Pittsburgh Mayor Bill Peduto on Monday proposed a 0.5-mill real estate tax increase to help cover a shortfall in the $505.9 million budget he plans for 2015. (Trib, Bob Bauder)
1) Allegheny County just underwent a once-in-a-decade property reassessment.
2) Due to generally rising property values, in 2013 tax rates were cut, so that by law the City’s and all other local governments’ total take would stay about the same.
4) Once-in-a-decade property reassessments led to once-in-a-decade assessment appeals, driving net revenues downward. Further exacerbating things, it seems there is some evidence that the big guns do even better at filing appeals.
5) When you err to one side, but it turns out your assumptions are already erring to that same side, it results in a more significant error.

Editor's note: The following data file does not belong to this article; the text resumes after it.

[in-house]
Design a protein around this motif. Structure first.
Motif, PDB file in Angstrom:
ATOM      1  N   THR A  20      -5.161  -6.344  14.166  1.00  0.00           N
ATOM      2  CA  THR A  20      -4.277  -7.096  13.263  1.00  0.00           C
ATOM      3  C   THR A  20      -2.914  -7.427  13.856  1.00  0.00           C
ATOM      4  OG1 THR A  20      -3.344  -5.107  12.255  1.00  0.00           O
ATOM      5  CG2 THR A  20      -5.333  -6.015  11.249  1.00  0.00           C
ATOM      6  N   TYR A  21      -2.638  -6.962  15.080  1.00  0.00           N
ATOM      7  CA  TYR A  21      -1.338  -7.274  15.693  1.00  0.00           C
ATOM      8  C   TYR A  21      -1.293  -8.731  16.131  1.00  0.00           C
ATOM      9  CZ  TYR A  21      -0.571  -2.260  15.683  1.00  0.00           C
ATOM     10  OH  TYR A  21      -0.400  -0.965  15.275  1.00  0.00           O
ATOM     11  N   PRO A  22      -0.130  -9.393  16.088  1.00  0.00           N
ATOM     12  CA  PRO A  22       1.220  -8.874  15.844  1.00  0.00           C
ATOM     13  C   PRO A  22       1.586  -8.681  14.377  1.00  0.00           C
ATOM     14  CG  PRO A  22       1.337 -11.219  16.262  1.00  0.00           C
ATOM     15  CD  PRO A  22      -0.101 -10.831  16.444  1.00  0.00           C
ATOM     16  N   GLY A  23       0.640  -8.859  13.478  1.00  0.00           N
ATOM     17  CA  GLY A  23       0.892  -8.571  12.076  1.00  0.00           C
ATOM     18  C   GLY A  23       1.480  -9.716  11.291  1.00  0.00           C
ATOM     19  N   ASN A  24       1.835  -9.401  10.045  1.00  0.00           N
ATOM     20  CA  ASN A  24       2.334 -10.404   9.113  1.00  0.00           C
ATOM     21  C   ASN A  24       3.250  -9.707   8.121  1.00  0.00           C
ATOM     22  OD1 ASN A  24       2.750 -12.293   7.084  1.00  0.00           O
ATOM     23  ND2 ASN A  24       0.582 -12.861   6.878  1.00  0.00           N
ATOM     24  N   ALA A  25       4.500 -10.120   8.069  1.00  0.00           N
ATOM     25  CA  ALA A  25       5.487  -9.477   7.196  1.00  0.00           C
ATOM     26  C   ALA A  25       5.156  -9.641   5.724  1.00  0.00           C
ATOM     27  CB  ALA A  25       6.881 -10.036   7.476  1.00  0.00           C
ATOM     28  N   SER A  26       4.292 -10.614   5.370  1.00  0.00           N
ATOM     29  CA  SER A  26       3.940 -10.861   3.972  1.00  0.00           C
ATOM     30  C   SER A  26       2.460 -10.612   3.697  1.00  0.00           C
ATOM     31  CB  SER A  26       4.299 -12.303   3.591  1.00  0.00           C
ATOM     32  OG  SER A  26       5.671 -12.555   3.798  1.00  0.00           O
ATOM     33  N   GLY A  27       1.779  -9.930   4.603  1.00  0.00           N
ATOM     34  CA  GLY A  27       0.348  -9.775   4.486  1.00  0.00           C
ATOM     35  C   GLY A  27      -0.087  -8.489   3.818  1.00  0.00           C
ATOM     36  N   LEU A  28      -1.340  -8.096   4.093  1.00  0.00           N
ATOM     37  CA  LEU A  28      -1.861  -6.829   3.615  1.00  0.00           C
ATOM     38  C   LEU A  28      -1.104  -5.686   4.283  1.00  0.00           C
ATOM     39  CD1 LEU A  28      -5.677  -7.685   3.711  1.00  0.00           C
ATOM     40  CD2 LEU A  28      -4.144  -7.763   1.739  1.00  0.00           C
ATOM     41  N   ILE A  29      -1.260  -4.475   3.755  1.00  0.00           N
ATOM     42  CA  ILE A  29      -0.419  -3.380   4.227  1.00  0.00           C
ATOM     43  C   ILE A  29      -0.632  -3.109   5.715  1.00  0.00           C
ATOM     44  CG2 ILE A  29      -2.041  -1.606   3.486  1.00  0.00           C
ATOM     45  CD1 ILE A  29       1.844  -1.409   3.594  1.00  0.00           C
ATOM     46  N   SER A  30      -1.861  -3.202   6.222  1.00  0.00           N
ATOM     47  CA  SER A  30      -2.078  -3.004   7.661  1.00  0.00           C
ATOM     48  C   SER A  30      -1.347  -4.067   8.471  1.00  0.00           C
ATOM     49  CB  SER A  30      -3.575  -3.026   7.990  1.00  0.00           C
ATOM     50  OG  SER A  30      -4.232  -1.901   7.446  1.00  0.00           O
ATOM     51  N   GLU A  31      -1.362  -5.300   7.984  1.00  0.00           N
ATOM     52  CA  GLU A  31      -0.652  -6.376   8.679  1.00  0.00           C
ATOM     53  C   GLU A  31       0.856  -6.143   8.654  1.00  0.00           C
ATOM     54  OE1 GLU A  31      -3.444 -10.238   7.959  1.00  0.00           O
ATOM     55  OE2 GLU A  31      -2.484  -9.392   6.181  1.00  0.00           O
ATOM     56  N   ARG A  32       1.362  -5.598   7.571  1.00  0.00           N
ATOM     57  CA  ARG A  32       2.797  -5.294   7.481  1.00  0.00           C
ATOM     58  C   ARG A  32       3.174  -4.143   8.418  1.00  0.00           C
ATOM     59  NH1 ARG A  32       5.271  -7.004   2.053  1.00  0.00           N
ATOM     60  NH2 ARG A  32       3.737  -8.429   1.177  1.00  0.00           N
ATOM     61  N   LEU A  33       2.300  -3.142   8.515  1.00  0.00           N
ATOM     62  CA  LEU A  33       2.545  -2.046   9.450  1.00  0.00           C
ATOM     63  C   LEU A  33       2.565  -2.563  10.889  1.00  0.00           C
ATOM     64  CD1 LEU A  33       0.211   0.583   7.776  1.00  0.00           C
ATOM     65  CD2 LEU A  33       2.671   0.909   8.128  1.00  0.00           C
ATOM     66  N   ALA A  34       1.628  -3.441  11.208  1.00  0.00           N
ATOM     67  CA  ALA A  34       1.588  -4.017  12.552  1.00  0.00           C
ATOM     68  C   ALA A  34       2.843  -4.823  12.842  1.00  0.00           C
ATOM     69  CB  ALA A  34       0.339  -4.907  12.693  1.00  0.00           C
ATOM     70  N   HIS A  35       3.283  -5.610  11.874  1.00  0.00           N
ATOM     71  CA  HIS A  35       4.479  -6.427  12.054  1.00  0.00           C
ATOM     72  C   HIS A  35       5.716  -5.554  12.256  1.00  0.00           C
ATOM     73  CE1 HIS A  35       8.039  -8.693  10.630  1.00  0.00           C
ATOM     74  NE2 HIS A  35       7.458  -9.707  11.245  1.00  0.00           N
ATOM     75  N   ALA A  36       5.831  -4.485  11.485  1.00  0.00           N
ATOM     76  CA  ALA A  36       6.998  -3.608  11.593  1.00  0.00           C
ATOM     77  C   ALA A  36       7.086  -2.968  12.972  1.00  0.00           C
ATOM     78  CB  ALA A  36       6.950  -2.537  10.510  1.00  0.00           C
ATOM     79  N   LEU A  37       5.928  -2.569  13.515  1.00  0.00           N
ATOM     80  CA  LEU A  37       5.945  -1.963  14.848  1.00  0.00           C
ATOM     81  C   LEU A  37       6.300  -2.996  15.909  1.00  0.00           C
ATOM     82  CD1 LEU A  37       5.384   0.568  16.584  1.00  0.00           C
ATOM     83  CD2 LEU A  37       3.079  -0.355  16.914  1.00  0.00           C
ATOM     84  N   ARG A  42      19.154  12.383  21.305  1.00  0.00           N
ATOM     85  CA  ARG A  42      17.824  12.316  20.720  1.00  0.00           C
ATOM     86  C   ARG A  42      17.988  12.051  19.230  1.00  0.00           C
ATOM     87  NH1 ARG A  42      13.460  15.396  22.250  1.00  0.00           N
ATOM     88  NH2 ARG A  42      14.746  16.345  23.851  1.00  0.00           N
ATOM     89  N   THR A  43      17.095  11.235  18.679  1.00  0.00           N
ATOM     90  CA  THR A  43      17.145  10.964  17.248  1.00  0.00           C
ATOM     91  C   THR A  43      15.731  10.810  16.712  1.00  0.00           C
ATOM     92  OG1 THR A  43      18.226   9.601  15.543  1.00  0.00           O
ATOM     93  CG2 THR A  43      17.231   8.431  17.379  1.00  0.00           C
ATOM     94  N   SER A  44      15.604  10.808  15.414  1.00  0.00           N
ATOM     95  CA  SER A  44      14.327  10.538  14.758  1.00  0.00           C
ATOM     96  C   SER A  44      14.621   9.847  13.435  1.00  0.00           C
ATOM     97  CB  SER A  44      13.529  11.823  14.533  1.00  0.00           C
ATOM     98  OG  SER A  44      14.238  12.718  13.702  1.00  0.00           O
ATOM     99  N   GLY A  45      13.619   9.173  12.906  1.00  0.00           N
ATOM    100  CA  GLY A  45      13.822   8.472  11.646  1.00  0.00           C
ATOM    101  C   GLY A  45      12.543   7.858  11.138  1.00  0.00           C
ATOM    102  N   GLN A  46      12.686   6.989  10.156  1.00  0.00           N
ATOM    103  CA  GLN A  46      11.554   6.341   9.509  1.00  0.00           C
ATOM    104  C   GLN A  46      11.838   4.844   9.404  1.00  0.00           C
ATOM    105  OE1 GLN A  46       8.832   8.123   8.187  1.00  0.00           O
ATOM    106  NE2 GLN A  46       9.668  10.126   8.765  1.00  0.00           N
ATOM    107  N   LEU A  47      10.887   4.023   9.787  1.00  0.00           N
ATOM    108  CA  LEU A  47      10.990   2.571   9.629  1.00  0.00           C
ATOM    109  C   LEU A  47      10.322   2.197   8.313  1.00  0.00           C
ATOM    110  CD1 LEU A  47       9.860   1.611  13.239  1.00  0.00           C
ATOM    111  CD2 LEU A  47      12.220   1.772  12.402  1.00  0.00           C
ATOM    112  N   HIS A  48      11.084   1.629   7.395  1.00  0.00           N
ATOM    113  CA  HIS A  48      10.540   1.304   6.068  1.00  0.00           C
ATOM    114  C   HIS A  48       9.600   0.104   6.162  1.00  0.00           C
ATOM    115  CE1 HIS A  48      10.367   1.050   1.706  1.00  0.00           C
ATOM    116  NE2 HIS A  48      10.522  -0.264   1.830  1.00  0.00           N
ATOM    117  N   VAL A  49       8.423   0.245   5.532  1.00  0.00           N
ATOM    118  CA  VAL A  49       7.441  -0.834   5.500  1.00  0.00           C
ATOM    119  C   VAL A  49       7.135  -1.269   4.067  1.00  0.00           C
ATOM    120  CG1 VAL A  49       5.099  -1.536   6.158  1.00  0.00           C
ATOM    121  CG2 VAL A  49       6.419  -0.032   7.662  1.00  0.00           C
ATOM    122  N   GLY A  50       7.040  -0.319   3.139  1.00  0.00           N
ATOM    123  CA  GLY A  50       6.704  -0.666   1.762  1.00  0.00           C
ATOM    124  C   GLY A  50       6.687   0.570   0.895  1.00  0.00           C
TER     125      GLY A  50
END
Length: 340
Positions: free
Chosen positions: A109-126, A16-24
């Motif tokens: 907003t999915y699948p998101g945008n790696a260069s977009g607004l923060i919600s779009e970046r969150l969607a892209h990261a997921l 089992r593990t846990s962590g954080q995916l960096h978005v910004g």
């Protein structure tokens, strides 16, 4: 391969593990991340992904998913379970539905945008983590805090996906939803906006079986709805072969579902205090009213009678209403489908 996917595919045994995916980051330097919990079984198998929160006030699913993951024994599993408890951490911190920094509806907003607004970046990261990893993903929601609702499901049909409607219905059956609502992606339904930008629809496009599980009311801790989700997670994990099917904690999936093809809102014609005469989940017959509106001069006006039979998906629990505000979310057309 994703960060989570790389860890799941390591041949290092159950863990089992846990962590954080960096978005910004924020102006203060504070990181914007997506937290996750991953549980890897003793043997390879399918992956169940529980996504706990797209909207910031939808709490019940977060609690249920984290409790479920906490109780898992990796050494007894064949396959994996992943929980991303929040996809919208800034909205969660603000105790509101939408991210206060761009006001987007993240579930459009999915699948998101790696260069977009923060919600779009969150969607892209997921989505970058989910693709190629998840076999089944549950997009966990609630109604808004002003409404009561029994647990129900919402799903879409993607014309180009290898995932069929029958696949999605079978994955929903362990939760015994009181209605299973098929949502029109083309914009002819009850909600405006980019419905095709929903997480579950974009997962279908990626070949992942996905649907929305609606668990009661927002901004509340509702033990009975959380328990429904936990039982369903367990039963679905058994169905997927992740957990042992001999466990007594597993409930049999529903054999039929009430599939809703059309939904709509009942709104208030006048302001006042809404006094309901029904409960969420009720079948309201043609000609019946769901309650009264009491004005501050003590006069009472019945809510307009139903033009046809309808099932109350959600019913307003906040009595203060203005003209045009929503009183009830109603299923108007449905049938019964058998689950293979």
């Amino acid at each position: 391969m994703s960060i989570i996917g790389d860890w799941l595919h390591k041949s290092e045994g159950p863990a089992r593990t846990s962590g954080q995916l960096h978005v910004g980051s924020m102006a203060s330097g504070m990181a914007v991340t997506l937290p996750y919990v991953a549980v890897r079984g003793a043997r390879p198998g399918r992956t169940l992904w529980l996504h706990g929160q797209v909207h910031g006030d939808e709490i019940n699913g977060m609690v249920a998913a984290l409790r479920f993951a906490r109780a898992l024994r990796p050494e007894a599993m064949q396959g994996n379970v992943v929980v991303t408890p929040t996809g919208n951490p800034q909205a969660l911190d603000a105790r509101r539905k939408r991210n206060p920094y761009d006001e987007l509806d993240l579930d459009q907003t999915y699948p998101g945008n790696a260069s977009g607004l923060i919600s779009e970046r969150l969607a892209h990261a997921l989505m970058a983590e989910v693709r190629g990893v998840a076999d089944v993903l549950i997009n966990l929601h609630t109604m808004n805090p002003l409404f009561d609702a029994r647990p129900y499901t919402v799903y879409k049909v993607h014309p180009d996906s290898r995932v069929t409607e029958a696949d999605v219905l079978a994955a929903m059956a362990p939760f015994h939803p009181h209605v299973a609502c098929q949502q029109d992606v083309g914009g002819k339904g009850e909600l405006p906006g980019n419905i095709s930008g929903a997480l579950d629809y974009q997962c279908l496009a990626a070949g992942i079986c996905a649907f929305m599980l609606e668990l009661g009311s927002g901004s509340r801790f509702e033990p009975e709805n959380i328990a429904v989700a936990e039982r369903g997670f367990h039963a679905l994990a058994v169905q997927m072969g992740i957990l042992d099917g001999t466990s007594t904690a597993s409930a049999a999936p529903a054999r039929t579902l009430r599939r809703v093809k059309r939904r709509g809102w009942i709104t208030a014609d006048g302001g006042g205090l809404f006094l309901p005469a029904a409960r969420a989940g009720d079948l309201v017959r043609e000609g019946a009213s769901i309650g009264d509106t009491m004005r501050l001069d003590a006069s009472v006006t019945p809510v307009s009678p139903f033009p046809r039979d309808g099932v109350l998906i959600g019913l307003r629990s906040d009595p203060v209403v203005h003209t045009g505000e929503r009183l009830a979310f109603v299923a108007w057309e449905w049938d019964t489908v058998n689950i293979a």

6) Pittsburgh needs to shrink last year’s purely “on paper” tax cut to remain on course — you know, the course with rocks, reefs and krakens enough already.
7) Before Allegheny County next reassesses property values, hopefully in three or four years despite its leaders, both it and the City need to look back on what happened this time and make for more stable, predictable procedures.
I may be wrong to assume this will be a lively political conversation. But what I am suggesting is: how about we solve the problem the easy and intuitive way by correcting the mistake, and not turn this into a Western? The Comet shall insert more and better links into the above
later at our leisure, and sharpen the grammar. Gotta run…
UPDATE: See also what the Mayor’s office has to say.
UPDATE, the Deux:
…proposing to fill the rest of the gap with $10 million in increased revenue from the parking authority, eliminating 75 vacant city government positions, refinancing debt and other savings. (P-G, Robert Zullo)